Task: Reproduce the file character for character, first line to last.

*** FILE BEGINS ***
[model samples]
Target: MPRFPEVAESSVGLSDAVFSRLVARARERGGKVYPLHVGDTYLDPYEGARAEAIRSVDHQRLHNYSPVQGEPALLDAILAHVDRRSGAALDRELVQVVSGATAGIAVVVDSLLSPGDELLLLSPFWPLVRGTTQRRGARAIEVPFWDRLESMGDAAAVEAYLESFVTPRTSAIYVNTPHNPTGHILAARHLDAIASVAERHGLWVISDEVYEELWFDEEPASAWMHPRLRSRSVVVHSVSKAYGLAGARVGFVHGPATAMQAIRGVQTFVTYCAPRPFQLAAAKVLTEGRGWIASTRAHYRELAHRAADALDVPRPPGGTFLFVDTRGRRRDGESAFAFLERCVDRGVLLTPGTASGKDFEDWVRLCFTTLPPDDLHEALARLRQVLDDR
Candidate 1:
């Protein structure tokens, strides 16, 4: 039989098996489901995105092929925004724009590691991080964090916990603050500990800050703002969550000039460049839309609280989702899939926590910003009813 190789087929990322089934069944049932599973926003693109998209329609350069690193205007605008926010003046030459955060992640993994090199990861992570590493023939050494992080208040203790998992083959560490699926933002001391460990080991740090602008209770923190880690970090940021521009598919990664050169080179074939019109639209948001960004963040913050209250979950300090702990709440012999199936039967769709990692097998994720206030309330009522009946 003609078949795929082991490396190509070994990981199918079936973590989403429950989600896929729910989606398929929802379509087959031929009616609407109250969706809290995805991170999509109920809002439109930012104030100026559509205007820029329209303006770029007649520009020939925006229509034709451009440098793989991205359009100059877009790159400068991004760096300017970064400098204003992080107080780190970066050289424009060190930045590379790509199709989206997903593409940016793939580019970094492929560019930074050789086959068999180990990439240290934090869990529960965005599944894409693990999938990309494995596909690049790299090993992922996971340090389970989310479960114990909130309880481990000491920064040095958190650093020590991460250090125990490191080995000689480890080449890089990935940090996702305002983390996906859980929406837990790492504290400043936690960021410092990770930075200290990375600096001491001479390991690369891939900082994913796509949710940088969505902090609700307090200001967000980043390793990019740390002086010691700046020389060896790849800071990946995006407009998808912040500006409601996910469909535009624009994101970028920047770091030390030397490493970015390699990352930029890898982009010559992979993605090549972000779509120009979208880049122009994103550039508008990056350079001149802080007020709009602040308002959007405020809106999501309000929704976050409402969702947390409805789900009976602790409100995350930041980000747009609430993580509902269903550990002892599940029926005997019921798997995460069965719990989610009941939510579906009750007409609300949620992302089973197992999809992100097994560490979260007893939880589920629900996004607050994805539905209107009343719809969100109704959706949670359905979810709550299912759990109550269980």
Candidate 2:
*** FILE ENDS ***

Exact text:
[model samples]
Target: MPRFPEVAESSVGLSDAVFSRLVARARERGGKVYPLHVGDTYLDPYEGARAEAIRSVDHQRLHNYSPVQGEPALLDAILAHVDRRSGAALDRELVQVVSGATAGIAVVVDSLLSPGDELLLLSPFWPLVRGTTQRRGARAIEVPFWDRLESMGDAAAVEAYLESFVTPRTSAIYVNTPHNPTGHILAARHLDAIASVAERHGLWVISDEVYEELWFDEEPASAWMHPRLRSRSVVVHSVSKAYGLAGARVGFVHGPATAMQAIRGVQTFVTYCAPRPFQLAAAKVLTEGRGWIASTRAHYRELAHRAADALDVPRPPGGTFLFVDTRGRRRDGESAFAFLERCVDRGVLLTPGTASGKDFEDWVRLCFTTLPPDDLHEALARLRQVLDDR
Candidate 1:
């Protein structure tokens, strides 16, 4: 039989098996489901995105092929925004724009590691991080964090916990603050500990800050703002969550000039460049839309609280989702899939926590910003009813 190789087929990322089934069944049932599973926003693109998209329609350069690193205007605008926010003046030459955060992640993994090199990861992570590493023939050494992080208040203790998992083959560490699926933002001391460990080991740090602008209770923190880690970090940021521009598919990664050169080179074939019109639209948001960004963040913050209250979950300090702990709440012999199936039967769709990692097998994720206030309330009522009946 003609078949795929082991490396190509070994990981199918079936973590989403429950989600896929729910989606398929929802379509087959031929009616609407109250969706809290995805991170999509109920809002439109930012104030100026559509205007820029329209303006770029007649520009020939925006229509034709451009440098793989991205359009100059877009790159400068991004760096300017970064400098204003992080107080780190970066050289424009060190930045590379790509199709989206997903593409940016793939580019970094492929560019930074050789086959068999180990990439240290934090869990529960965005599944894409693990999938990309494995596909690049790299090993992922996971340090389970989310479960114990909130309880481990000491920064040095958190650093020590991460250090125990490191080995000689480890080449890089990935940090996702305002983390996906859980929406837990790492504290400043936690960021410092990770930075200290990375600096001491001479390991690369891939900082994913796509949710940088969505902090609700307090200001967000980043390793990019740390002086010691700046020389060896790849800071990946995006407009998808912040500006409601996910469909535009624009994101970028920047770091030390030397490493970015390699990352930029890898982009010559992979993605090549972000779509120009979208880049122009994103550039508008990056350079001149802080007020709009602040308002959007405020809106999501309000929704976050409402969702947390409805789900009976602790409100995350930041980000747009609430993580509902269903550990002892599940029926005997019921798997995460069965719990989610009941939510579906009750007409609300949620992302089973197992999809992100097994560490979260007893939880589920629900996004607050994805539905209107009343719809969100109704959706949670359905979810709550299912759990109550269980």
Candidate 2: